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database file size not updating? #308

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everdev opened this issue Feb 18, 2015 · 5 comments

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@everdev
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commented Feb 18, 2015

First off, thanks for putting together a great DB. I've been using it on several projects and like it a lot.

I did notice today that I have two databases with the same number of rows: 30,974
I was amazed to see that their file sizes are exactly the same: 134,217,728 bytes

However, they contain a different number of buckets and different values (although the keys are the same).

I also noticed that after deleting tens of thousands of key/value pairs from the database with the following code, the file size remained unchanged.

db.Update(func(tx *bolt.Tx) error {
  b := tx.Bucket([]byte("bucketName"))
  err := b.Delete([]byte("keyToDelete"))
  return err
})

I double checked the database and it's only returning the correct quantity of key/value pairs when iterating with a ForEach, so the delete did appear to work.

Before deleting the key/value pairs from each database, I moved them to a backup. The two backup files for the two databases are different files sizes: 67,108,864 and 16,777,216 bytes

So, it looks like it's writing different volumes, but I expected the file sizes of the original databases to be reduced by those respective amounts.

Maybe this isn't an issue, but I'm just curious as to why the file sizes are remaining the same after the deletes and why two different databases would have the same number of bytes.

Thanks!

@benbjohnson

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commented Feb 18, 2015

Good questions. Bolt works by allocating 4KB pages and organizing those into a B+tree. It starts at the beginning of the file and keeps allocating more pages at the end as it needs them. Because Bolt is copy-on-write, when a page is updated, its contents get copied to a new page and the old one is freed. So as pages are freed they can be reused the next time Bolt needs to allocate.

For example, let's look at some sweet ASCII art visualization. When you first create a Bolt database it creates a 1MB file which provides space for some metadata pages (M), a page for storing free pages (F), and some actual data (D). The rest of the pages are unallocated ( ):

|M|M|F|D| | | | | |

When you update your data page, it'll allocate a new page and copy over old data and make any updates there. It'll then free the old page.

|M|M|F| |D| | | | |

As you start writing more data (and not just updating existing pages), you start to allocate more pages:

|M|M|F| |D| | | | |
        ▼
|M|M|F|D|D| | | | |
        ▼
|M|M|F|D|D|D| | | |
        ▼
|M|M|F|D|D|D|D| | |
        ▼
|M|M|F|D|D|D|D|D| |
        ▼
|M|M|F|D|D|D|D|D|D|

Finally when you've exhausted your original 1MB, Bolt will remap the database to give you 2MB. (It keeps doubling until it gets to 1GB and then it goes up in 1GB increments)

|M|M|F|D|D|D|D|D|D| | | | | | | | | |

That's why your databases are the same size. Bolt bumps the data file size up in fixed size increments. This used to not be the case but there's was an edge case uncovered where file data needed to have the file size sync so we needed to truncate (#284).


The reason why the database doesn't shrink is because of data can be allocated anywhere and live for any period of time. For example, once you fill up your 1MB data file like this:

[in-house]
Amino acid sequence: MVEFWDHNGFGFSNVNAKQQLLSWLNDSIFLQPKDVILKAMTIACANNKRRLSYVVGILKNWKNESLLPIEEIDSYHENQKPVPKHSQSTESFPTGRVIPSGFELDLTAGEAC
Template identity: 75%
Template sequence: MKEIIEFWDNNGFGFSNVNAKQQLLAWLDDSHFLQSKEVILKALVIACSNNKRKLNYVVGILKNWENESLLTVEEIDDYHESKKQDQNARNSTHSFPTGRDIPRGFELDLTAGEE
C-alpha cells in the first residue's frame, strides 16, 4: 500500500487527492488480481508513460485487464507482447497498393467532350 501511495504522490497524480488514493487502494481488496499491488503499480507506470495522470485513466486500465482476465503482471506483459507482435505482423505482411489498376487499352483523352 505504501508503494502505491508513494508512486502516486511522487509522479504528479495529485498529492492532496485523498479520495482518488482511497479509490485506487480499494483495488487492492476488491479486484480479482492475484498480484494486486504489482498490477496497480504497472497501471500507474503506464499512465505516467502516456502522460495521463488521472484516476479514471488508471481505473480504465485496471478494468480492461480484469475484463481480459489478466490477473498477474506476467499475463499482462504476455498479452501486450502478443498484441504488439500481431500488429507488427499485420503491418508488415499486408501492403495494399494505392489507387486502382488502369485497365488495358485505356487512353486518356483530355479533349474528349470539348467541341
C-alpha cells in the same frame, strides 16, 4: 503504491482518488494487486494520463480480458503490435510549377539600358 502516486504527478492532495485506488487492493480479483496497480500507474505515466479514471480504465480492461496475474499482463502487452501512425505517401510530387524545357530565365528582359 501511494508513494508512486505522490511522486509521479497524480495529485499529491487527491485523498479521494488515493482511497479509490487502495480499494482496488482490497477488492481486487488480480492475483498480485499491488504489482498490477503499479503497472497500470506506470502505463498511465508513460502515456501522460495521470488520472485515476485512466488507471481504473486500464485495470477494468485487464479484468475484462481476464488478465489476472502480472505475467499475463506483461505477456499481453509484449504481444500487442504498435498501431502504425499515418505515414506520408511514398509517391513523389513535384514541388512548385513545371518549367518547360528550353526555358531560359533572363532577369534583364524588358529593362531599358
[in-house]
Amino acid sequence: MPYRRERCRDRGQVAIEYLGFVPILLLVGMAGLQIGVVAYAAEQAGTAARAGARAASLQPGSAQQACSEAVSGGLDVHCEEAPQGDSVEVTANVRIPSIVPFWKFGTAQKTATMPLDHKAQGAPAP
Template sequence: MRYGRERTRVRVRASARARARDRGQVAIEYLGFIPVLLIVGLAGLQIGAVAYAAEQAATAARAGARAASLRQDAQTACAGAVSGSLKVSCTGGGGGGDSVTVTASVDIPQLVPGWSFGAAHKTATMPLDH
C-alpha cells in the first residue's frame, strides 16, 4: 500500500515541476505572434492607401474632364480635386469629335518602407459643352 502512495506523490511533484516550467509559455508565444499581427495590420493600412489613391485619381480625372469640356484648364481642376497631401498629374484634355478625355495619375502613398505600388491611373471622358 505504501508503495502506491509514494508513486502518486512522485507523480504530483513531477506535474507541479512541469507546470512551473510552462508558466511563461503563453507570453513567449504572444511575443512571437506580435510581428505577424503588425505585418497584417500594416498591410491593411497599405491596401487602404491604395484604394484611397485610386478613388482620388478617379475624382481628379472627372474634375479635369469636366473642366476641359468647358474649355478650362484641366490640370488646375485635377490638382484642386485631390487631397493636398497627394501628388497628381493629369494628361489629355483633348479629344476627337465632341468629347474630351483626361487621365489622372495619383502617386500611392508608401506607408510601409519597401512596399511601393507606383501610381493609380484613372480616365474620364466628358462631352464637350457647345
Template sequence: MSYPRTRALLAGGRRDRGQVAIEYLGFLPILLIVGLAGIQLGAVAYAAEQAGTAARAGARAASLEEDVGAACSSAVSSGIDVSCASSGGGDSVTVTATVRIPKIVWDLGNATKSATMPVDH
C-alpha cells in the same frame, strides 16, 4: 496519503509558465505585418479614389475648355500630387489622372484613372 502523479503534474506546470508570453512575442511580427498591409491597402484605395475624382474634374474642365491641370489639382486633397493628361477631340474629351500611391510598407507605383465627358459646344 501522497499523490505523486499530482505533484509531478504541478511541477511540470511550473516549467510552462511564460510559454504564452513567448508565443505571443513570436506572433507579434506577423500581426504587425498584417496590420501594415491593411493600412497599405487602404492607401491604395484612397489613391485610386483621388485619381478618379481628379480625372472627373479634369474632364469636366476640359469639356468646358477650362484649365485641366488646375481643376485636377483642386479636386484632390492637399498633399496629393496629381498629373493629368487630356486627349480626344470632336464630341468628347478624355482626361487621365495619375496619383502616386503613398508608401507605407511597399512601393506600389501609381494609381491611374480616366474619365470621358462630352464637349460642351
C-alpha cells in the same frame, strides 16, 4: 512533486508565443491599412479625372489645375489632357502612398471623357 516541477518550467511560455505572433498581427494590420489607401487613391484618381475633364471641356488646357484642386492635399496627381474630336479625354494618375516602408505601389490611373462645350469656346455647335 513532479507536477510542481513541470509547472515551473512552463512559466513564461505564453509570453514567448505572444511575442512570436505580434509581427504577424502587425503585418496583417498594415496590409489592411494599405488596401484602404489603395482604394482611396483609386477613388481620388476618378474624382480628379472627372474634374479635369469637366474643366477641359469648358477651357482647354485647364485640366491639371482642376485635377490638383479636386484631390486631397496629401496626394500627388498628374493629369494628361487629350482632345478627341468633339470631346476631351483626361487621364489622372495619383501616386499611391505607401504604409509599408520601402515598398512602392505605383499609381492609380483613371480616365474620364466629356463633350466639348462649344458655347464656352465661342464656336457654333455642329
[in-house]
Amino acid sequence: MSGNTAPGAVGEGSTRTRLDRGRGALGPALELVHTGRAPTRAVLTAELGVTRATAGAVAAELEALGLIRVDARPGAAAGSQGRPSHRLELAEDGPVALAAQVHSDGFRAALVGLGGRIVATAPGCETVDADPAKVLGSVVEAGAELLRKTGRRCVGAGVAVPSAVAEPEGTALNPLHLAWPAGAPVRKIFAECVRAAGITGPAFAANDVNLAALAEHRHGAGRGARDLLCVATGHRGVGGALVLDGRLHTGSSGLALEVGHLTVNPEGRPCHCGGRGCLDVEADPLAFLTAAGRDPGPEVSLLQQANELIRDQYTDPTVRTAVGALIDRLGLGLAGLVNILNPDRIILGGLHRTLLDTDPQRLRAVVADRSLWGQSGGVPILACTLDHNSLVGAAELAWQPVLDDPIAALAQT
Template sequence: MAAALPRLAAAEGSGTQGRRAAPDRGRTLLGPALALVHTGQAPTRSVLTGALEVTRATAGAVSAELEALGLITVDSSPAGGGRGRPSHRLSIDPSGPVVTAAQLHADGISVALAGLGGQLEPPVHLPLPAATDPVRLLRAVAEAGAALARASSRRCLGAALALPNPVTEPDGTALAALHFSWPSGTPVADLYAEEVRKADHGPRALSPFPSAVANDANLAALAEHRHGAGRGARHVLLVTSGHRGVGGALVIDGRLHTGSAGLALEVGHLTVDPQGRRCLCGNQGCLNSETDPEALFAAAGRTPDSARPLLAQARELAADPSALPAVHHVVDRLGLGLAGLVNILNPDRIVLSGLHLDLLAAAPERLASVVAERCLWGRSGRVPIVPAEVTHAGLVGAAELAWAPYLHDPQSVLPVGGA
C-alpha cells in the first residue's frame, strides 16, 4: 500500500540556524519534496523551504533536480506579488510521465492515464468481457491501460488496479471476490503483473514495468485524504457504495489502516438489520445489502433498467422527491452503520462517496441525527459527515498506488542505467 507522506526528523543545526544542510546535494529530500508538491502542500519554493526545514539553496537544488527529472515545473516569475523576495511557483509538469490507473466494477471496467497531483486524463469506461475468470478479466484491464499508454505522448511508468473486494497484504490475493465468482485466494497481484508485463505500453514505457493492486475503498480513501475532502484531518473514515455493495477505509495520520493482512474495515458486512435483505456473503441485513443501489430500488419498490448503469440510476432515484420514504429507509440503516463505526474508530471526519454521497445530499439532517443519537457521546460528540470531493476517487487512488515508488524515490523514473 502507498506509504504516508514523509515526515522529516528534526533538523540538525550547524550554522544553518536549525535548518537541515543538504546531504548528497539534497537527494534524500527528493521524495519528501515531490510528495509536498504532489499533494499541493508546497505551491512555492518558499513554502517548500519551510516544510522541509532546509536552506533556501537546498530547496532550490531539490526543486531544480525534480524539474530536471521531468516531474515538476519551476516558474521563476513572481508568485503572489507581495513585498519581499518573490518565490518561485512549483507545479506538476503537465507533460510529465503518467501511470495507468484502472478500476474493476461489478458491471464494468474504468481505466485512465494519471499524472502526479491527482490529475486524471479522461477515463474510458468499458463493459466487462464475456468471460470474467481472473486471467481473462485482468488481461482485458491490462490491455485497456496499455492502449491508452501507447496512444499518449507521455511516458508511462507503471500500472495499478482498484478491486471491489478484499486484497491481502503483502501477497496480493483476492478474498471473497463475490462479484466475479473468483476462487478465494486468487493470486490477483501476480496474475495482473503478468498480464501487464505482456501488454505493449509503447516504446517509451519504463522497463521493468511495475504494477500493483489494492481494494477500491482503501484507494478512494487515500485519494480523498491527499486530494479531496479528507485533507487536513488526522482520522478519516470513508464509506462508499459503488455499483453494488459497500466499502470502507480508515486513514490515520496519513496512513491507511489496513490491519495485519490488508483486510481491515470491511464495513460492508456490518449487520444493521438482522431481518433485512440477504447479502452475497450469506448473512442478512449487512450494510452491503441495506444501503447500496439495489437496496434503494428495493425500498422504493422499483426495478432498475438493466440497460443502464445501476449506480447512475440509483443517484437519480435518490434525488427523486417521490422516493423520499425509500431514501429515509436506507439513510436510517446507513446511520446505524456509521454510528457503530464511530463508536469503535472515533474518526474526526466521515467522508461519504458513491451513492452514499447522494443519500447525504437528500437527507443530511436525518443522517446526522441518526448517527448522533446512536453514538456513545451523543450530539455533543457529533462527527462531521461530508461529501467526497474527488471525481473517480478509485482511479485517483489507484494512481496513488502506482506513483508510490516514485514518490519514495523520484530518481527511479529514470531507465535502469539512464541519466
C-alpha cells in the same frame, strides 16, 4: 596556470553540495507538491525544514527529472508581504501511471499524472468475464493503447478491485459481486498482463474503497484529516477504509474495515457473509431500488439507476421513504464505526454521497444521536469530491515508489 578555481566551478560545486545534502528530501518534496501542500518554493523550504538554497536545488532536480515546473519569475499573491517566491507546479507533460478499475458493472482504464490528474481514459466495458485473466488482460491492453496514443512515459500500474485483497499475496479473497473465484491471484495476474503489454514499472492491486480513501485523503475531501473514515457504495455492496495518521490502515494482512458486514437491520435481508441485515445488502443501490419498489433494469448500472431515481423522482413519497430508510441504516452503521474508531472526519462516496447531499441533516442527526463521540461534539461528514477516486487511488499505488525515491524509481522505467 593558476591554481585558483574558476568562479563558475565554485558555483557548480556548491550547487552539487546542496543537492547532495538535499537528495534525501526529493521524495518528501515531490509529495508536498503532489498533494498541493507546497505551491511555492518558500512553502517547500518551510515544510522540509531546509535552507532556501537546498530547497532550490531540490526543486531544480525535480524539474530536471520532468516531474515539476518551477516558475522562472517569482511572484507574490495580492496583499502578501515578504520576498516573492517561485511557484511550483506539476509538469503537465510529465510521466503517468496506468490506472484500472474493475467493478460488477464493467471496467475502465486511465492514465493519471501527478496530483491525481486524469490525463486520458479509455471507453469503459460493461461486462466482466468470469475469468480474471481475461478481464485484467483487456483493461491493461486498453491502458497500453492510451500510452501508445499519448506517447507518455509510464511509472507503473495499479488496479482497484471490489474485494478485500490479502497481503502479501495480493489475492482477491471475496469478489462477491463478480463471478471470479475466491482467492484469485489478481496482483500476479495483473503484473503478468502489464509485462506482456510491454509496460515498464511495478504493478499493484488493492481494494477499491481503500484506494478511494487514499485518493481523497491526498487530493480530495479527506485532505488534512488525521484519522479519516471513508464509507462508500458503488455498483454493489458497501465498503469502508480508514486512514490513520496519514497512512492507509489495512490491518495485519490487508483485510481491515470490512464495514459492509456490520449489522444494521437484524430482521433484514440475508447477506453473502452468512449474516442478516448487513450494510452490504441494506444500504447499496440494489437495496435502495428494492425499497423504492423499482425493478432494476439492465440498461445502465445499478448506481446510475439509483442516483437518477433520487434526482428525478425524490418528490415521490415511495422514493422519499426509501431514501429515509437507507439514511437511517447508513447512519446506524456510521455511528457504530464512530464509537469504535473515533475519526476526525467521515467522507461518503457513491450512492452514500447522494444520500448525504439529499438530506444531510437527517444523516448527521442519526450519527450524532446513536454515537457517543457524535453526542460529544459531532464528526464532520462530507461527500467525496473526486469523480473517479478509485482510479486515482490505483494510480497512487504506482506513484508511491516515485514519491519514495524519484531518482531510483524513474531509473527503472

|M|M|F|D|D|D|D|D|D|

And you remove some data that causes a page to be removed, your deleted page could be anywhere so your database looks like this:

|M|M|F|D| |D|D|D|D|

Bolt can't truncate the file because the free page is in the middle of the file. We could try to compact pages from the end over to the beginning but that gets complicated as we'd need to update all the references to that page in parent pages.

I'd like to add a bolt compact tool to the Bolt CLI but honestly there hasn't really been a need for it. It would work pretty simply -- it just rewrites a database in key order to a new database. That would create a compacted database.


tl;dr - the database size doesn't shrink & the database grows in fixed sizes. :)

@GregIngelmo

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commented Feb 18, 2015

Great explanation, this certainly solidified how it works for me.

@everdev

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commented Feb 18, 2015

Super helpful, thanks for explaining it :)

@rakoo

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commented Mar 29, 2015

Maybe it could be possible to truncate the file up to the next power of 2 that includes all data ? i.e if the end of the file is full of empty pages, it should be quick and easy to truncate the underlying file ? The power of 2 is still important so that the file keeps a size that is consistent with when it grows as per your explanation (so when the file size is more than 1 GiB, truncate by chunks of 1 GiB)

@MJDSys

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commented Mar 29, 2015

I don't think that case would occur very often @rakoo. Instead, could bolt punch holes in the file where pages are empty? Maybe using a special call, to avoid latency issues in the normal case? That way an empty pages can be reclaimed by the filesystem, even if they are in the middle of the file.

@benbjohnson, would that be accepted if someone (not necessarialy me with my current time budget) made a PR with it? Linux, at least, has fallocate with FALLOC_FL_PUNCH_HOLE: http://man7.org/linux/man-pages/man2/fallocate.2.html . Not sure if Mac OSX/Windows has a similar system call.

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